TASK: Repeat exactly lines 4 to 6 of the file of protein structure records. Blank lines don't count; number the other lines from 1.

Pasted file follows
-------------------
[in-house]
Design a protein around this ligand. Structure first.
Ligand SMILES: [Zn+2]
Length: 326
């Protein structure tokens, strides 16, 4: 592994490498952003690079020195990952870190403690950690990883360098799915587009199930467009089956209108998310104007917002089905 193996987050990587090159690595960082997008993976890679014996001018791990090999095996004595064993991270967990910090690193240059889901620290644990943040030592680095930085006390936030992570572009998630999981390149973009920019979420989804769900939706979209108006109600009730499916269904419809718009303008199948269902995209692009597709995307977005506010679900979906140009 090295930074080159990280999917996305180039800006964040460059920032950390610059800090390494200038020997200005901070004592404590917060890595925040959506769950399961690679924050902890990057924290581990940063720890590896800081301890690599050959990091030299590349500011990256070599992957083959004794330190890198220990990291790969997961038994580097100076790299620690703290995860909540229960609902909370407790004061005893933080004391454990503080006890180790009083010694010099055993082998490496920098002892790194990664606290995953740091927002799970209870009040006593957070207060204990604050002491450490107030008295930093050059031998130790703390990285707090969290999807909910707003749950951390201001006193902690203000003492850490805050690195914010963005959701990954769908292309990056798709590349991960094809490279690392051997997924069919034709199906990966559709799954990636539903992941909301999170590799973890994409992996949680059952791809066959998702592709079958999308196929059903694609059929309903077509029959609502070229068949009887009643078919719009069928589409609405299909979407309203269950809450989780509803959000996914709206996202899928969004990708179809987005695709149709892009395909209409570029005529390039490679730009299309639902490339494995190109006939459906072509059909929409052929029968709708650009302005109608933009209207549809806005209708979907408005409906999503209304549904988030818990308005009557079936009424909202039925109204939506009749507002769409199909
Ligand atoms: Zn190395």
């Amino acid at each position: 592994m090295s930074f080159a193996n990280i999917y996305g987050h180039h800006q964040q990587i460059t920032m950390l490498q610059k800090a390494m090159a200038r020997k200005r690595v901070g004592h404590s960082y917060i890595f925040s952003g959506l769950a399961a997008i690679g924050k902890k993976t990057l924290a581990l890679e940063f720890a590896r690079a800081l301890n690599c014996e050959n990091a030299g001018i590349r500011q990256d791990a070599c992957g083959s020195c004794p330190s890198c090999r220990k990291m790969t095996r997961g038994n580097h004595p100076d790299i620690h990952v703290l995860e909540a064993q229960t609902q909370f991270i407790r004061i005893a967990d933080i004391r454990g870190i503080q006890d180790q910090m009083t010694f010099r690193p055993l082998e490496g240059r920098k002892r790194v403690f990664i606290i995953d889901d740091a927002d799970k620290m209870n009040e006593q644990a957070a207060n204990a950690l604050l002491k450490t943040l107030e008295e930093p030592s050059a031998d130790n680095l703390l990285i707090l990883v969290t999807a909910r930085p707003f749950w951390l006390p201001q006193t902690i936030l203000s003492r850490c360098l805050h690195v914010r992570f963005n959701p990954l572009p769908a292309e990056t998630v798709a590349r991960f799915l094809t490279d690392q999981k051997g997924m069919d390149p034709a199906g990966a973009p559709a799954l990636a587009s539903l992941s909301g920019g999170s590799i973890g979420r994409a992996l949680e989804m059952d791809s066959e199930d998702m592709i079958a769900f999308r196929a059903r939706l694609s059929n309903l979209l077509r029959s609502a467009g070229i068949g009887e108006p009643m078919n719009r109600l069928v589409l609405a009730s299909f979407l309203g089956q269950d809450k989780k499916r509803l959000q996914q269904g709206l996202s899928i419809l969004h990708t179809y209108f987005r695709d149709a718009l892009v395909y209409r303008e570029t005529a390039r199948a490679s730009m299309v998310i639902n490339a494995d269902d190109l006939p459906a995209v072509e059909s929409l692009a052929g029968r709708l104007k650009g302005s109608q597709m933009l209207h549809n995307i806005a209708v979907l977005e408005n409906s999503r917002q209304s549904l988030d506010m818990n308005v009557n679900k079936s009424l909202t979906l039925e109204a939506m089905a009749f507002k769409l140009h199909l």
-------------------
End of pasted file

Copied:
Length: 326
């Protein structure tokens, strides 16, 4: 592994490498952003690079020195990952870190403690950690990883360098799915587009199930467009089956209108998310104007917002089905 193996987050990587090159690595960082997008993976890679014996001018791990090999095996004595064993991270967990910090690193240059889901620290644990943040030592680095930085006390936030992570572009998630999981390149973009920019979420989804769900939706979209108006109600009730499916269904419809718009303008199948269902995209692009597709995307977005506010679900979906140009 090295930074080159990280999917996305180039800006964040460059920032950390610059800090390494200038020997200005901070004592404590917060890595925040959506769950399961690679924050902890990057924290581990940063720890590896800081301890690599050959990091030299590349500011990256070599992957083959004794330190890198220990990291790969997961038994580097100076790299620690703290995860909540229960609902909370407790004061005893933080004391454990503080006890180790009083010694010099055993082998490496920098002892790194990664606290995953740091927002799970209870009040006593957070207060204990604050002491450490107030008295930093050059031998130790703390990285707090969290999807909910707003749950951390201001006193902690203000003492850490805050690195914010963005959701990954769908292309990056798709590349991960094809490279690392051997997924069919034709199906990966559709799954990636539903992941909301999170590799973890994409992996949680059952791809066959998702592709079958999308196929059903694609059929309903077509029959609502070229068949009887009643078919719009069928589409609405299909979407309203269950809450989780509803959000996914709206996202899928969004990708179809987005695709149709892009395909209409570029005529390039490679730009299309639902490339494995190109006939459906072509059909929409052929029968709708650009302005109608933009209207549809806005209708979907408005409906999503209304549904988030818990308005009557079936009424909202039925109204939506009749507002769409199909
Ligand atoms: Zn190395």